After the successful launch and positive reception of the NVIDIA Tesla GPUs for Google Kubernetes Engine, the folks at Google Cloud Platform have introduced GPUs in Kubernetes Engine for a wider audience. We take a look at what this leap forward means for machine learning.
Serverless has grown considerably in the past few years but is it ready to embrace its maturity? And does that mean running away from NoOps or toward it? In the last part of our interview series, we invited six JAX DevOps speakers to weigh in on the serverless movement, its “competition” with container-based cloud infrastructure and the challenges Kubernetes and Docker should be addressing this year.
It’s finally here! Four months ago, the Docker team announced that they would add optional Kubernetes to Docker Community Edition for Mac and Windows and now we’re already seeing results. Docker for Windows with beta support for using Kubernetes as your orchestrator is now available.
What does the future of DevOps look like? We asked Mark Pundsack, Head of Product at GitLab about his predictions for 2018. Expect to hear lots about DevSecOps, Kubernetes, containers, and more.
The fourth and final Kubernetes release of 2017 is here. Kubernetes 1.9 brings a bunch of changes, including the fact that the Apps Workloads API is now stable. Let’s have a look at the highlights.
Kubeflow brings composable, easier to use stacks with more control and portability for Kubernetes deployments for all ML, not just TensorFlow.
It is always fascinating to see the versatile ways in which machine learning can be used. At Outfittery, algorithms help the experts select the most suitable outfits for customers — quite literally. In an interview at W-JAX 2017 in Munich, Jesper Richter-Reichhelm, CTO at Outfittery GmbH, explains how the company uses machine learning and which frameworks they use. He also tells us who makes better suggestions — human beings or machines.
The Docker platform and Moby Project are integrating support for Kubernetes. As of now (you can register for beta access here), developers and operators can build apps with Docker and seamlessly test and deploy them using both Docker Swarm and Kubernetes.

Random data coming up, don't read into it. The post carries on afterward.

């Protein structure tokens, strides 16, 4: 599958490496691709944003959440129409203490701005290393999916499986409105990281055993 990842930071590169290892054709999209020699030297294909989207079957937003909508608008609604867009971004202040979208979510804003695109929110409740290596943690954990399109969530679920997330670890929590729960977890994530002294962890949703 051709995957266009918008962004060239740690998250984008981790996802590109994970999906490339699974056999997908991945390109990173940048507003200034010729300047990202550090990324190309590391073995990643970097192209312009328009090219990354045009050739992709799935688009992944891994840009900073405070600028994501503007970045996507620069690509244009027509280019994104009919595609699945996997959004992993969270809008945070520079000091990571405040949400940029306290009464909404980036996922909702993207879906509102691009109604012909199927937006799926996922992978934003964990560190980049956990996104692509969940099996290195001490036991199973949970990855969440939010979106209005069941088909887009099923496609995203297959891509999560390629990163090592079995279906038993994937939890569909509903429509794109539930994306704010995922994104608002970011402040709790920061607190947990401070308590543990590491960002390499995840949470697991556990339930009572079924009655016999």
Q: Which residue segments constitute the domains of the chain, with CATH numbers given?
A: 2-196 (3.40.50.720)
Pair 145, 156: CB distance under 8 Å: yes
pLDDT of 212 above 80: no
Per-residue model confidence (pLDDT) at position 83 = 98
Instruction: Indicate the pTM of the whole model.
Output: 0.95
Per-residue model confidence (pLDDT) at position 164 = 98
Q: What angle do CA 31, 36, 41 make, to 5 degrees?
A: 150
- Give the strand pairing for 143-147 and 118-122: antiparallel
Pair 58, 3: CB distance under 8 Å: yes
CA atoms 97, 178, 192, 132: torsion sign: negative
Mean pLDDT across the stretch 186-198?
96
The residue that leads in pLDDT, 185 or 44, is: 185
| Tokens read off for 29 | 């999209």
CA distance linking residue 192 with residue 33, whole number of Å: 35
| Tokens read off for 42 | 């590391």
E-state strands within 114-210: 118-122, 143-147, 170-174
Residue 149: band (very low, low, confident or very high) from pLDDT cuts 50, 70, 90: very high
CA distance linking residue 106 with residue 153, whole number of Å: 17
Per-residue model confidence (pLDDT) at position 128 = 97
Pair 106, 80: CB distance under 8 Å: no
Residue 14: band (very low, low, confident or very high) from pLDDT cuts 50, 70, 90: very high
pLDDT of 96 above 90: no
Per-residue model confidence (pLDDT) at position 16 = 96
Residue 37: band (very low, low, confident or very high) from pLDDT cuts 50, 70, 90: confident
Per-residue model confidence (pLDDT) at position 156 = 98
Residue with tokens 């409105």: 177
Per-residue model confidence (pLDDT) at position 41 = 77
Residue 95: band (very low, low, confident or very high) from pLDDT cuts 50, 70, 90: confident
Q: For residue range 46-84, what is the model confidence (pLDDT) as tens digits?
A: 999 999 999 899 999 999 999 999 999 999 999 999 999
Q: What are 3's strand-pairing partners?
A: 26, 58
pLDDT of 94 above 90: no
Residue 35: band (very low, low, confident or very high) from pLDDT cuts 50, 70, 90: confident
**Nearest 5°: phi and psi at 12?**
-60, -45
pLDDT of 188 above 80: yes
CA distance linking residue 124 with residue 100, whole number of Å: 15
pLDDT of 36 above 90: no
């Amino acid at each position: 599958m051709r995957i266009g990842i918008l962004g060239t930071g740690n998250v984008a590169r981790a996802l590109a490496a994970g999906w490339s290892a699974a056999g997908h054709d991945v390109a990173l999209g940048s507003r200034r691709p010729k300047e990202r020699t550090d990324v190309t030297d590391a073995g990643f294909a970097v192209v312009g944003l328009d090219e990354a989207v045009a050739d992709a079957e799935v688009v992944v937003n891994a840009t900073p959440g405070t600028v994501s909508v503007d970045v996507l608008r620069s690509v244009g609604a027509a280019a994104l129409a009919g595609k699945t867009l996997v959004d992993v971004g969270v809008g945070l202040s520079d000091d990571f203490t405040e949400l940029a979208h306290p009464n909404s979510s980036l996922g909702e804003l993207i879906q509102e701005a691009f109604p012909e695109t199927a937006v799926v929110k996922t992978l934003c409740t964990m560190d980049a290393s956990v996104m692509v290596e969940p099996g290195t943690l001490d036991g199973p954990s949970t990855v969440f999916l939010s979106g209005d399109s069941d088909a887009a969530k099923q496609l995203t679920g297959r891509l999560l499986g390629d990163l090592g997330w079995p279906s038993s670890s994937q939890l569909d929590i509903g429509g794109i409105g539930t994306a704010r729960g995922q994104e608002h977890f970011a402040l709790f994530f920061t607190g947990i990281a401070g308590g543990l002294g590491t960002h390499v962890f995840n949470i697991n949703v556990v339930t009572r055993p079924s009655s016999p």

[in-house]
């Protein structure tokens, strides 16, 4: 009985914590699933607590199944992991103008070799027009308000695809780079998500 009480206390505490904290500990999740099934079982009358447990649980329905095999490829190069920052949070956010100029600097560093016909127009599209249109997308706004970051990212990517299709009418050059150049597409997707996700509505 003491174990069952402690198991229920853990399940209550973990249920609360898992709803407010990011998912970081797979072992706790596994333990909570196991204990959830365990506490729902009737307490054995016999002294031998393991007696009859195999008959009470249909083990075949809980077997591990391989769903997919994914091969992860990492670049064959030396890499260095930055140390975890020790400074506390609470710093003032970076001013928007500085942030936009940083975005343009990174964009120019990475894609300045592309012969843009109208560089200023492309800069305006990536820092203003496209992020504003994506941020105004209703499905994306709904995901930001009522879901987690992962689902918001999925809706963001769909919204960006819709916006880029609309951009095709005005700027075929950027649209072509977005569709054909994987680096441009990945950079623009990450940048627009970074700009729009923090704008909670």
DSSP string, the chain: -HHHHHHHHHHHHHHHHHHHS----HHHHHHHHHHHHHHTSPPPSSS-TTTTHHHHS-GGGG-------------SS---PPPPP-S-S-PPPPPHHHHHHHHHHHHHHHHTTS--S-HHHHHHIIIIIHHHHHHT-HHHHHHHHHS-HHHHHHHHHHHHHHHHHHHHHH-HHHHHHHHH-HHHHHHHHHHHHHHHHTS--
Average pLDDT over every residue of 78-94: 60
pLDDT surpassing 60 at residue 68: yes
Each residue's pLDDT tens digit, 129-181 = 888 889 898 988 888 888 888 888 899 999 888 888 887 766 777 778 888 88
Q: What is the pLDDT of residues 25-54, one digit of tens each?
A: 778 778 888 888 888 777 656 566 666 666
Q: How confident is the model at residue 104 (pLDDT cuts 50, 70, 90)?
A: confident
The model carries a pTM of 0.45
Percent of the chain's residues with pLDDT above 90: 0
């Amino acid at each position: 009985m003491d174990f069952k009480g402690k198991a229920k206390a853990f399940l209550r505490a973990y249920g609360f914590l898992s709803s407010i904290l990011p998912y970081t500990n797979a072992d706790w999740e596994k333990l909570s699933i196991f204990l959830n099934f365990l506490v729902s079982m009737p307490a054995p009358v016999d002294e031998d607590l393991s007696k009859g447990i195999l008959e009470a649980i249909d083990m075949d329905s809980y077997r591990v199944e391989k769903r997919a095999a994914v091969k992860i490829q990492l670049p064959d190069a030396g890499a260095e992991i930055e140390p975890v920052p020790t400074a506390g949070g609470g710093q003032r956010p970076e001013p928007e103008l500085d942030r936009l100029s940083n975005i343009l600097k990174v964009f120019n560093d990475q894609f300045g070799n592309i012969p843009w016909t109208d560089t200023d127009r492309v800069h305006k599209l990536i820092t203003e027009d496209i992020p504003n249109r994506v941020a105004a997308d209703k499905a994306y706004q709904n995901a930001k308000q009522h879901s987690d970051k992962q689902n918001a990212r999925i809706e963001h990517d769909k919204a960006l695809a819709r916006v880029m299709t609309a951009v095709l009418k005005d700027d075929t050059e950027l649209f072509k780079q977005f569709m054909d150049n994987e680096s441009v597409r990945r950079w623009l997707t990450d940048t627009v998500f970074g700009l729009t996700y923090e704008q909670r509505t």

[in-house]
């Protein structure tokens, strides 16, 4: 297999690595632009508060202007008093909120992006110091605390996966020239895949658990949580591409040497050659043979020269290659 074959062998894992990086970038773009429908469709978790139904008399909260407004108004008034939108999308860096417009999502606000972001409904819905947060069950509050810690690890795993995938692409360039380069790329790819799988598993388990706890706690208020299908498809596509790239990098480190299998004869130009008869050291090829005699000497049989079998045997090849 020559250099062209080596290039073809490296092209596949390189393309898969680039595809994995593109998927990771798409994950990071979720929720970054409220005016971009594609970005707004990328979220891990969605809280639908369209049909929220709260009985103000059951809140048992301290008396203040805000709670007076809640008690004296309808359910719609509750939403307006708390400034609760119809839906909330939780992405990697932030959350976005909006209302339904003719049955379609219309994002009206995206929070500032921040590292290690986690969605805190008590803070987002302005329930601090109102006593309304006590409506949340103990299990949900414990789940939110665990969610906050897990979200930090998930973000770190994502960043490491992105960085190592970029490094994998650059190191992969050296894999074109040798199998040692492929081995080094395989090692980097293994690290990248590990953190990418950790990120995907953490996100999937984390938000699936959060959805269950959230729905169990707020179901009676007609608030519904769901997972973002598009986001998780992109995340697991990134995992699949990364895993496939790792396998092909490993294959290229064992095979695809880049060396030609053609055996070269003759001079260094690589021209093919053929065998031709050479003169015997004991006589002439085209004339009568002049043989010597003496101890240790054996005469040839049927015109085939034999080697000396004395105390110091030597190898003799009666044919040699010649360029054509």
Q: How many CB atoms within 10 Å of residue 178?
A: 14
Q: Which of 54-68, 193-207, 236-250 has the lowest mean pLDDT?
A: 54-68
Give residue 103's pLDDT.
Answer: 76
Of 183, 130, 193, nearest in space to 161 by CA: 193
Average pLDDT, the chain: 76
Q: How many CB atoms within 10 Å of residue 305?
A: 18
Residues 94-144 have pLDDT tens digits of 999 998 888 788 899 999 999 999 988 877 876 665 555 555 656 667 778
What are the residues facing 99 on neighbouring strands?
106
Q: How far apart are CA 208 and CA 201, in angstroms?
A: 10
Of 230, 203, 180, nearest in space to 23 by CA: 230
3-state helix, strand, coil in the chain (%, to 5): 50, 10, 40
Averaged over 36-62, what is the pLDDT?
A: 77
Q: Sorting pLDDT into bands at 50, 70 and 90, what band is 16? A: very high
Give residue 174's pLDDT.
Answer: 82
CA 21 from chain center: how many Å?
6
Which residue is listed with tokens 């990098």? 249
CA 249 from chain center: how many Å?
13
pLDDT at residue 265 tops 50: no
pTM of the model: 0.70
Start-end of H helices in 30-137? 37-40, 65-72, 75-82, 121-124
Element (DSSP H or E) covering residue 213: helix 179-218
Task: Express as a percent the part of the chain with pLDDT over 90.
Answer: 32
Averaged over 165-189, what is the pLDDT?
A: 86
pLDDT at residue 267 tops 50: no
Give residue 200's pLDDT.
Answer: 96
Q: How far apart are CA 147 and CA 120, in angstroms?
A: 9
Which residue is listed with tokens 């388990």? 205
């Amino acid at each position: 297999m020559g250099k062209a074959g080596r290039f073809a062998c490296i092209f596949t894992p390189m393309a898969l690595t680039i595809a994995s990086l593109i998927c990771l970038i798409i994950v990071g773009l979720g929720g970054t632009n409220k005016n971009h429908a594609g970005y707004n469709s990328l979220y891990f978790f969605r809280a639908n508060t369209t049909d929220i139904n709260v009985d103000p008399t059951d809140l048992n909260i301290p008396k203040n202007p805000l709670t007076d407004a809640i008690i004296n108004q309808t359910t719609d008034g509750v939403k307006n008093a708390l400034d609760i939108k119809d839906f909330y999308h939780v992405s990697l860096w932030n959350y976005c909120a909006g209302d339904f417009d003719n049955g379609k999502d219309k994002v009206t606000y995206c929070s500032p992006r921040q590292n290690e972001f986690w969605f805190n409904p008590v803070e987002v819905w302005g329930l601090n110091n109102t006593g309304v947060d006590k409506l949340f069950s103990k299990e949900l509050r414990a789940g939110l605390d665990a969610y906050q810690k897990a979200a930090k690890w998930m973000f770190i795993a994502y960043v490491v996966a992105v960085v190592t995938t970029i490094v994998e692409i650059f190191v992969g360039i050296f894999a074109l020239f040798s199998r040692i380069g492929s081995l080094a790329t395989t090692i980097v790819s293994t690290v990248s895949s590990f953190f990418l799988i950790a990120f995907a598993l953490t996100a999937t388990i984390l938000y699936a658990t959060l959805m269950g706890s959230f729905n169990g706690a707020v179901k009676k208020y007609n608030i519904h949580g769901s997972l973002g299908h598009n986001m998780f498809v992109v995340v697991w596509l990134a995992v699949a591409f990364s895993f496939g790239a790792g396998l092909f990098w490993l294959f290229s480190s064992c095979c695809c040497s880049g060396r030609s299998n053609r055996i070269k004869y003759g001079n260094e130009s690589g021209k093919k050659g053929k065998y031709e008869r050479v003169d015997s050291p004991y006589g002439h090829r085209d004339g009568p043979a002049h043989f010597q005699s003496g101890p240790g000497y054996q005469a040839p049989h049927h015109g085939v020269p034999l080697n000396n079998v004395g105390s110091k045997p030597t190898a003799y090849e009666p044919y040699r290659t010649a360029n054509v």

This release is *not* about introducing new features — instead, its aim is to strengthen existing ones. In short, Kubernetes 1.8 “represents a snapshot of many exciting enhancements and refinements underway.” Let’s see some of the highlights.
Looking for a serverless option for Kubernetes? Introducing Kubeless. This new Kubernetes-native serverless framework provides auto-scaling, API routing, and more without having to worry about the underlying infrastructure.
Google Container Engine is getting a Kubernetes upgrade. This latest collaboration between Google Cloud and Codefresh brings a faster, easier CI/CD pipeline for container deployment.
Moving from the monolith to microservices has a lot of advantages. In part two of this tutorial, Michael Gruczel finishes his step-by-step tutorial teaching developers how to implement microservices architecture in Kubernetes and Pivotal Cloud Foundry with Spring Boot.
Moving from the monolith to microservices has a lot of advantages. In part one of this tutorial, Michael Gruczel starts his step-by-step tutorial for developers who want to implement microservices architecture in Kubernetes and Pivotal Cloud Foundry with Spring Boot.
Kubernetes 1.7 focuses on three things: security, storage and extensibility features. There’s also a major feature that adds automated updates to StatefulSets and enhances updates for DaemonSets. Read on to find out what else is new.